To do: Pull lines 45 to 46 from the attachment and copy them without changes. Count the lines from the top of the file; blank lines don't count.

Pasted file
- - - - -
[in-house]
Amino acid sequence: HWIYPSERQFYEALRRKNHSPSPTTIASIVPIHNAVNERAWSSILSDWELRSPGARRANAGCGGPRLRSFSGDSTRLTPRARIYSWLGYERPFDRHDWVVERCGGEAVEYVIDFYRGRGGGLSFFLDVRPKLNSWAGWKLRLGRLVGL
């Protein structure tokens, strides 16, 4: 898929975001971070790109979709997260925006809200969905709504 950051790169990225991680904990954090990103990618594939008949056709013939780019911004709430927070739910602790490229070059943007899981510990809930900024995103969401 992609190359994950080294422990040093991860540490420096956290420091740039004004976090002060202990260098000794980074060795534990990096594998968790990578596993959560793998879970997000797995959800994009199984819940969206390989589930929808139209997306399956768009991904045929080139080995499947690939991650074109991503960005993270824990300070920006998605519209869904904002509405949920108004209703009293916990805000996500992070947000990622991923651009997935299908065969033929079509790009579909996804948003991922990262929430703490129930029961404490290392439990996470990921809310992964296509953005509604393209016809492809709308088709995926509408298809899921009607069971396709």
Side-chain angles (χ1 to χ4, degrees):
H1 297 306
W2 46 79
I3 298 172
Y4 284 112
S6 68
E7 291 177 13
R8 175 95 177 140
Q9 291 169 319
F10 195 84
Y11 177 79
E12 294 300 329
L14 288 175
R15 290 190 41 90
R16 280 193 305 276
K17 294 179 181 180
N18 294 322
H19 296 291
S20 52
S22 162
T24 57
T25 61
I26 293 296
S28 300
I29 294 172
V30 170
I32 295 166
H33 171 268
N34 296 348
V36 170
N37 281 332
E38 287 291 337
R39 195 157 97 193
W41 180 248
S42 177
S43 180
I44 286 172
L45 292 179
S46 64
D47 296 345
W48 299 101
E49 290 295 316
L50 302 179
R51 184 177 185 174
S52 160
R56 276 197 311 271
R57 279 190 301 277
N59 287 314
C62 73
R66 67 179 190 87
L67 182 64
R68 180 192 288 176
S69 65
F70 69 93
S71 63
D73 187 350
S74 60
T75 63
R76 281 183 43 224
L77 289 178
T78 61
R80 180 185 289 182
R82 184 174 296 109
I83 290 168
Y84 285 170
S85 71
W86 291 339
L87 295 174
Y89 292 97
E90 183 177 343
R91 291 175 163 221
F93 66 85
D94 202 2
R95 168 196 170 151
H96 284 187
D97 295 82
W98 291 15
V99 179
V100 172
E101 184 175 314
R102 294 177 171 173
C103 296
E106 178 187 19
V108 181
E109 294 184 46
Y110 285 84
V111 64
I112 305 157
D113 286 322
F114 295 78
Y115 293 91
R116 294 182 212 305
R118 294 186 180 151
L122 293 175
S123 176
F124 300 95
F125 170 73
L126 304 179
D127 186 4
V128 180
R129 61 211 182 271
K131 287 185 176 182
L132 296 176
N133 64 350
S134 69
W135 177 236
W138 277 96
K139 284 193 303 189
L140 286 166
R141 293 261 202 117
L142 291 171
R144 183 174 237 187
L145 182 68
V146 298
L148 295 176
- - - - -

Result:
E49 290 295 316
L50 302 179